The Sacred Project of American Sociology is more of an essay than a sociological analysis based upon the kind of qualitative and quantitative evidence found in Smith’s scholarly works. Two chapters stand at the heart of Smith’s essay. The first concerns the evidence that American sociology is driven by this sacred project. Smith acknowledges that he does not offer conclusive evidence, at least by the standards of evidence employed by the top journals in the field to substantiate his thesis. Instead, he draws upon personal observations and experience to offer an array of semi-systematic pieces of evidence to render his thesis comprehensible and plausible. He examines several sources, including the official program themes of the American Sociological Association annual meetings, books reviewed in Contemporary Sociology, popular introductory sociology textbooks, and personal anecdotes. Smith finds evidence of the sacred project woven throughout the profession. In a survey of books reviewed in Contemporary Sociology, for example, Smith argues that collectively these monographs focus on threatening social problems (about which sociologists are the prophetic experts), injustices committed by economically and politically power elites (about which sociologists are the whistleblowers), and mobilizing social and political movements for socio-political and economic change (about which sociologists are the scientific experts and cheerleaders). Smith also recounts the controversy surrounding Mark Regnerus’s publication in a peer-reviewed journal of his findings which indicates that the adult children of parents who had one or more same-sex romantic relationships faired significantly worse as adults on several emotional and material measures than their adult peers who grew up in intact, biological families of heterosexual couples. Even though Regnerus did not raise any explicit specific policies conclusions, Smith contends that Regnerus and his scholarship were subjected to rather vicious and hypocritical criticisms because he was perceived as violating the cherished beliefs of sociology’s sacred project.
The second extensive chapter explores the consequences of sociology’s sacred project. According to Smith, the project severely impairs sociology’s ability to function as an academic discipline and to contribute to the academy and society at large. The first and most obvious problem is that sociology misrecognizes and consequently masks the fact that it even has a sacred project. Like religious proselytizers who come into people’s homes under false pretenses and then try to convert them to their faith, sociology misleads students and others about its actual intentions. Moreover, the sacred project perpetuates an incongruity between the strongly egalitarian impulses of sociology’s sacred project and the highly unequal, stratified, status-oriented nature of sociology itself. It also embodies standardized thinking that rivals the most sectarian religious groups. Furthermore, the sacred project shapes sociologists’ worldview in such a profound way that it cognitively, emotionally, and volitionally blinds scholarly visions and imaginations. It can also corrupt the integrity of the impartial double-blind peer-review process. Finally, the sacred project often alienates sociologists. Here he cites the experience of Peter Berger, James D. Hunter, and Jose Casanova, whose work in one way or another violated the orthodoxy of the sacred project and who more or less stopped participating in the profession despite their valuable contributions to the field. In the end, Smith concludes, sociology is accountable to no one except other sociologists, which basically means it is accountable to no one.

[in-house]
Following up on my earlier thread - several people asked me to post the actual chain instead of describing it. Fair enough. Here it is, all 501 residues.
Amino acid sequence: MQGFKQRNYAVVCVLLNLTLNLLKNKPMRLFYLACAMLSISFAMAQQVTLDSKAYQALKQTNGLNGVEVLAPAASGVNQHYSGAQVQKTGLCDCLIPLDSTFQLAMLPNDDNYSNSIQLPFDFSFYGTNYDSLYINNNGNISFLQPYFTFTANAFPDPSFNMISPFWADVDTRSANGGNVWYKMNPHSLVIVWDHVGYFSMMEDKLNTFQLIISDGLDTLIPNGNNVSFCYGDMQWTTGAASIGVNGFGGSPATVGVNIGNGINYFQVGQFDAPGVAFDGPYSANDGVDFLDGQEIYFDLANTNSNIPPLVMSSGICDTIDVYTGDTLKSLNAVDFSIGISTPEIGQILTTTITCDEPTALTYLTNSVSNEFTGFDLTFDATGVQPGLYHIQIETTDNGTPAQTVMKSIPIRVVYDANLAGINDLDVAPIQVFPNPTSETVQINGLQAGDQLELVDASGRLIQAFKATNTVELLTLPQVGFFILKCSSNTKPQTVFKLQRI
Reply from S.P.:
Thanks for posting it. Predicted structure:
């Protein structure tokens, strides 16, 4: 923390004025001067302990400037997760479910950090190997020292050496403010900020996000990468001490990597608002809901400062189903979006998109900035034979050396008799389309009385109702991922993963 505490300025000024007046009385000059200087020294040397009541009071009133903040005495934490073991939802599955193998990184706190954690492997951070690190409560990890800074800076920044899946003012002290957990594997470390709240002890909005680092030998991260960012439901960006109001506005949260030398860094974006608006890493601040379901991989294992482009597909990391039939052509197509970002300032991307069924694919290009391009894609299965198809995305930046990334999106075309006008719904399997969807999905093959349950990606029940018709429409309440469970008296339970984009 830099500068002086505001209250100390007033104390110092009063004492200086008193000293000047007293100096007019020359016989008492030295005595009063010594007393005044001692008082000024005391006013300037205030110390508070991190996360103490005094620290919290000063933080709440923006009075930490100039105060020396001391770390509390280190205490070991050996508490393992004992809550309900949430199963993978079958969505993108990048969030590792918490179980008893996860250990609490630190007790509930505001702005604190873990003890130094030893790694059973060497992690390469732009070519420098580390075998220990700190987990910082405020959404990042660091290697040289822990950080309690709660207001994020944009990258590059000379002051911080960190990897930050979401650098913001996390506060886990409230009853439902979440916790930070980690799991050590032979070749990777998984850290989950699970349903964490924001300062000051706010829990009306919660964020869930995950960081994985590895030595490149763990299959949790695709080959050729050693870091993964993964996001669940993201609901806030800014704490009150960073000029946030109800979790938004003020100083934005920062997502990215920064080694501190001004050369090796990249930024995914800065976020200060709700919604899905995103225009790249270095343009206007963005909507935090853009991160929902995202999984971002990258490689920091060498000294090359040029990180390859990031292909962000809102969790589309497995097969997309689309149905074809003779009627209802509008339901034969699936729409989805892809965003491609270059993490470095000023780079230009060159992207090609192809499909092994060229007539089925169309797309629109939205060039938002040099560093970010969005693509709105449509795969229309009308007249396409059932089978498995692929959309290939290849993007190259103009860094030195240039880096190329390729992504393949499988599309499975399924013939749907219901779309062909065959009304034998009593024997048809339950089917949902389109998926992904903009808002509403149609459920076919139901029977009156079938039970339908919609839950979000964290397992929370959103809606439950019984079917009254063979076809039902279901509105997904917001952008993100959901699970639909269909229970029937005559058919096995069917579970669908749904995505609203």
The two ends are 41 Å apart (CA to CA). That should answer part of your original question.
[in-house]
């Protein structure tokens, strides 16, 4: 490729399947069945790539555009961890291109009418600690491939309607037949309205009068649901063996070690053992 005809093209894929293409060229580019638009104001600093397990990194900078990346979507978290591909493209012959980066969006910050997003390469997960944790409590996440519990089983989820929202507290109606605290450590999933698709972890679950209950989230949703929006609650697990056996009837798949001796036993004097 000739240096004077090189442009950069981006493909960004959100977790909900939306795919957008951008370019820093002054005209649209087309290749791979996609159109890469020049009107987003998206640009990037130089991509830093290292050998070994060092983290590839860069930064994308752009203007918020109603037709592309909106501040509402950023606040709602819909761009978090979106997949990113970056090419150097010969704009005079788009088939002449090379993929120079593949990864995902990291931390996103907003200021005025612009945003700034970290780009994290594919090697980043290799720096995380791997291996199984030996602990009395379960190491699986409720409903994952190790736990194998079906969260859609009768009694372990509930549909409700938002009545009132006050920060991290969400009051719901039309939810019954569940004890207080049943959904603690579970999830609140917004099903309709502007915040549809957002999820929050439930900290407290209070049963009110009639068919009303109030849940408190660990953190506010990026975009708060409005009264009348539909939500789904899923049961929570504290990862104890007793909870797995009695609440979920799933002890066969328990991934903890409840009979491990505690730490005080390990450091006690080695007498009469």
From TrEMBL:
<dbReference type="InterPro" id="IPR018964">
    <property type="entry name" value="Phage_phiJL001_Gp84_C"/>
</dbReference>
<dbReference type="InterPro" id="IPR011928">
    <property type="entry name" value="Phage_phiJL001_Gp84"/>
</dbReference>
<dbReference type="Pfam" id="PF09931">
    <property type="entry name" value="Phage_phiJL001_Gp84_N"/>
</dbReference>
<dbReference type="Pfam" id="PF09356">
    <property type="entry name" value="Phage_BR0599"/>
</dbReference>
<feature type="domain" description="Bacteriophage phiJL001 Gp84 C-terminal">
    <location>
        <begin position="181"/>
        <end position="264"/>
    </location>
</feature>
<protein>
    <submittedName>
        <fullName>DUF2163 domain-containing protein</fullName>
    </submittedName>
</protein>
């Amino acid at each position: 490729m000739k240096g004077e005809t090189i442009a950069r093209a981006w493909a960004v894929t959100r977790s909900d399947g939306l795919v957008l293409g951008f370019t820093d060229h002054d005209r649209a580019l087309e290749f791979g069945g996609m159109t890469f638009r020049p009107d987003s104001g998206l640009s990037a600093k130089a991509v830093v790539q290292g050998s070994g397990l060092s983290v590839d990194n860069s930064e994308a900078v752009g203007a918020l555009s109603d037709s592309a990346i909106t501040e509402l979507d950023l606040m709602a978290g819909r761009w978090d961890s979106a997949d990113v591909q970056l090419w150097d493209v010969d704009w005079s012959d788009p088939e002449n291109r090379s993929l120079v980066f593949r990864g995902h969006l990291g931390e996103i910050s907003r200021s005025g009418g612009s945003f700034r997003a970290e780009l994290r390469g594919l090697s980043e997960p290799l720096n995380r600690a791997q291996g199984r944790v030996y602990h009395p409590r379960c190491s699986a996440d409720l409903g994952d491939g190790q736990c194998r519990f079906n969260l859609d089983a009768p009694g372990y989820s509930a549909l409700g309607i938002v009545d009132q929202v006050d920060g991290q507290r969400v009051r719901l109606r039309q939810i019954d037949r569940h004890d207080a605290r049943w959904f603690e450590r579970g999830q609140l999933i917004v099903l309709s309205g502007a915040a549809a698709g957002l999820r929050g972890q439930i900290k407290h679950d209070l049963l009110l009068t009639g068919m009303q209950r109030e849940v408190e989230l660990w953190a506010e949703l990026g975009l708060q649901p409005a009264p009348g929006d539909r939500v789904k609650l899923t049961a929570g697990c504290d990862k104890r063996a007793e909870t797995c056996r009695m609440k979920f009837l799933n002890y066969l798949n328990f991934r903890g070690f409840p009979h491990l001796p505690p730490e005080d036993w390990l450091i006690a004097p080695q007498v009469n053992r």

Smith’s work can be read as either a jeremiad or as a valediction. At points, he seems to harbor little hope that sociology as a field will seriously and critically consider the merits and appropriateness of their own discipline’s sacred project. In other places, he seems to suggest that sociology, warts and all, can still make a unique and important contribution to the academy and ultimately, the common good. If The Sacred Project of American Sociology is a jeremiad, then sociology now faces a choice: it can either continue to play dumb or come clean and own up to its sacred beliefs. To move forward, Smith suggests, sociologists need to do some serious, opened-minded soul searching about their proper purpose, identity, and practices before they lose what is genuinely good in what they have to offer. The Sacred Project of American Sociology has certainly set the terms for a rigorous self-examination and discussion about the discipline’s nature and purpose. Smith is far too savvy a scholar to think that his scathing critique will not precipitate a response. If he is subsequently treated like a heretic and professionally marginalized, Smith has certainly told the profession what he thinks of the discipline. If he is excommunicated as a heretic, he probably will not consider his banishment much of a loss, but the discipline will be impoverished by his departure.